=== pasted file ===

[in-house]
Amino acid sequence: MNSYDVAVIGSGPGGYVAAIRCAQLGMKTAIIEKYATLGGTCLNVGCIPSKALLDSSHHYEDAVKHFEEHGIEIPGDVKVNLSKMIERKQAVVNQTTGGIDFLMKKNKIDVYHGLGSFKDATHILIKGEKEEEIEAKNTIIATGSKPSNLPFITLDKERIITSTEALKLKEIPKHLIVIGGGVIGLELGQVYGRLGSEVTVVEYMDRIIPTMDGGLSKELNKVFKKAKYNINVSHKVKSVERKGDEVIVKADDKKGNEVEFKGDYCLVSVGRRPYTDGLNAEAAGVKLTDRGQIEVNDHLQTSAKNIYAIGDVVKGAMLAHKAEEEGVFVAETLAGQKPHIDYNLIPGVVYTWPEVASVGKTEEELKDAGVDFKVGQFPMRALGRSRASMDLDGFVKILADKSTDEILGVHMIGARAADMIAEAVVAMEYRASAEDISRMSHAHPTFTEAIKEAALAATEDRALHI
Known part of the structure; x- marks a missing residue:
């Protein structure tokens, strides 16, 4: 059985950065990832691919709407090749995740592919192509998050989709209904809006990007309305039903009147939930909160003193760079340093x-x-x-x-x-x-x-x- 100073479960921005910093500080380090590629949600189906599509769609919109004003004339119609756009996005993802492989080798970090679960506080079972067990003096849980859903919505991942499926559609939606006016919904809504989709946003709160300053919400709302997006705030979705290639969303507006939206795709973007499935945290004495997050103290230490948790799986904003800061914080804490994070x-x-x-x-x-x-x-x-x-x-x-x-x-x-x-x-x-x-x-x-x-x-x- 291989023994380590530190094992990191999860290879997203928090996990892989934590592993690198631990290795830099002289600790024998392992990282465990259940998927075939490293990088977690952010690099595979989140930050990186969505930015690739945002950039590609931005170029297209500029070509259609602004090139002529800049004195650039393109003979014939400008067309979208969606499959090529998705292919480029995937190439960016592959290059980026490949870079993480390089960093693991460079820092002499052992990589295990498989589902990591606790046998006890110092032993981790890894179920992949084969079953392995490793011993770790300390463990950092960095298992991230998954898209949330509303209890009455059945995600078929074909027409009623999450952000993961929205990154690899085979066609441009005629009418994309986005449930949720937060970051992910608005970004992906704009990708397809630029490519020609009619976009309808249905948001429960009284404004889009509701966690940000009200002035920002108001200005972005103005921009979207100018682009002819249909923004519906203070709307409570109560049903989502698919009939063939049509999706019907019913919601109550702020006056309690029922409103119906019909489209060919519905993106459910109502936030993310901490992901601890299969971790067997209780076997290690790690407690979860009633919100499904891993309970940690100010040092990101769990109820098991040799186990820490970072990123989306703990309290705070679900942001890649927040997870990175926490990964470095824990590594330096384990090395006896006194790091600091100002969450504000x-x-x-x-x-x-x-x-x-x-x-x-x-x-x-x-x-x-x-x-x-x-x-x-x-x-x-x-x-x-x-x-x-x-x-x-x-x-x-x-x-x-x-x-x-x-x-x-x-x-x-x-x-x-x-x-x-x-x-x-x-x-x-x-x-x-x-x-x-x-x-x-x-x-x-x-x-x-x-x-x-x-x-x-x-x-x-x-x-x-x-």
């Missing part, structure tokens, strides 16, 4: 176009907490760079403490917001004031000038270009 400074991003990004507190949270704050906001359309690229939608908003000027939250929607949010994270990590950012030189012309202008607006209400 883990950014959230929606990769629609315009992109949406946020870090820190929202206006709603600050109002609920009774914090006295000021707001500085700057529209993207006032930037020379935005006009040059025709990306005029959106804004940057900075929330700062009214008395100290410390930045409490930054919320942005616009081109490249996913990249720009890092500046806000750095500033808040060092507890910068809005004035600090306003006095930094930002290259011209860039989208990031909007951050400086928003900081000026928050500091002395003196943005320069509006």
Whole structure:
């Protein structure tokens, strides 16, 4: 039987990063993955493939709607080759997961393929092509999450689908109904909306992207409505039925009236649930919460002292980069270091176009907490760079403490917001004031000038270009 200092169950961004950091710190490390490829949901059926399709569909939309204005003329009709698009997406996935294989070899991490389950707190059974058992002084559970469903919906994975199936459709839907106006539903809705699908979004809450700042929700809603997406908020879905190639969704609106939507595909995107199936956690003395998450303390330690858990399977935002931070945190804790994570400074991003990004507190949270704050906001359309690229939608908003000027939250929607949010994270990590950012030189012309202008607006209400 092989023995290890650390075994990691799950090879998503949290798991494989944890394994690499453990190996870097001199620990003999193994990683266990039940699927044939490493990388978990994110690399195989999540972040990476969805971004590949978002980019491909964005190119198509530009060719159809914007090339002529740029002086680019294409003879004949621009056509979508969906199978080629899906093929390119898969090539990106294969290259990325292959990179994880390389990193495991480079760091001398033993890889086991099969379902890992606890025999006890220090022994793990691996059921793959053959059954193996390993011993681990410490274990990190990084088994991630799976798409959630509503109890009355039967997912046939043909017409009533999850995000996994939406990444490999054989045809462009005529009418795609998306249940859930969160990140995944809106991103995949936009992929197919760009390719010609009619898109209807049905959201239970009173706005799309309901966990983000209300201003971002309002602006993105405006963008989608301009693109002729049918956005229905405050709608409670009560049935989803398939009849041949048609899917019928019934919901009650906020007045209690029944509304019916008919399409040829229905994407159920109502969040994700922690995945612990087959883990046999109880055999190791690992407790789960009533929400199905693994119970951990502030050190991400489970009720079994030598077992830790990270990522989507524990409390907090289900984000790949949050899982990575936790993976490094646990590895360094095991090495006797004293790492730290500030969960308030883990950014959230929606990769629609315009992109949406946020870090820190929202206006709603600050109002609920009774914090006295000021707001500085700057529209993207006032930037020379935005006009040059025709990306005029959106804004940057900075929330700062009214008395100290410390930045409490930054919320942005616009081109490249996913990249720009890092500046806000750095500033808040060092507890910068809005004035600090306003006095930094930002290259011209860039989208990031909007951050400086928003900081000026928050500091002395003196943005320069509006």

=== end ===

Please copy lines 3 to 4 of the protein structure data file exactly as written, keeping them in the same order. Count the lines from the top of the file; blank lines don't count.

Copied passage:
Known part of the structure; x- marks a missing residue:
């Protein structure tokens, strides 16, 4: 059985950065990832691919709407090749995740592919192509998050989709209904809006990007309305039903009147939930909160003193760079340093x-x-x-x-x-x-x-x- 100073479960921005910093500080380090590629949600189906599509769609919109004003004339119609756009996005993802492989080798970090679960506080079972067990003096849980859903919505991942499926559609939606006016919904809504989709946003709160300053919400709302997006705030979705290639969303507006939206795709973007499935945290004495997050103290230490948790799986904003800061914080804490994070x-x-x-x-x-x-x-x-x-x-x-x-x-x-x-x-x-x-x-x-x-x-x- 291989023994380590530190094992990191999860290879997203928090996990892989934590592993690198631990290795830099002289600790024998392992990282465990259940998927075939490293990088977690952010690099595979989140930050990186969505930015690739945002950039590609931005170029297209500029070509259609602004090139002529800049004195650039393109003979014939400008067309979208969606499959090529998705292919480029995937190439960016592959290059980026490949870079993480390089960093693991460079820092002499052992990589295990498989589902990591606790046998006890110092032993981790890894179920992949084969079953392995490793011993770790300390463990950092960095298992991230998954898209949330509303209890009455059945995600078929074909027409009623999450952000993961929205990154690899085979066609441009005629009418994309986005449930949720937060970051992910608005970004992906704009990708397809630029490519020609009619976009309808249905948001429960009284404004889009509701966690940000009200002035920002108001200005972005103005921009979207100018682009002819249909923004519906203070709307409570109560049903989502698919009939063939049509999706019907019913919601109550702020006056309690029922409103119906019909489209060919519905993106459910109502936030993310901490992901601890299969971790067997209780076997290690790690407690979860009633919100499904891993309970940690100010040092990101769990109820098991040799186990820490970072990123989306703990309290705070679900942001890649927040997870990175926490990964470095824990590594330096384990090395006896006194790091600091100002969450504000x-x-x-x-x-x-x-x-x-x-x-x-x-x-x-x-x-x-x-x-x-x-x-x-x-x-x-x-x-x-x-x-x-x-x-x-x-x-x-x-x-x-x-x-x-x-x-x-x-x-x-x-x-x-x-x-x-x-x-x-x-x-x-x-x-x-x-x-x-x-x-x-x-x-x-x-x-x-x-x-x-x-x-x-x-x-x-x-x-x-x-």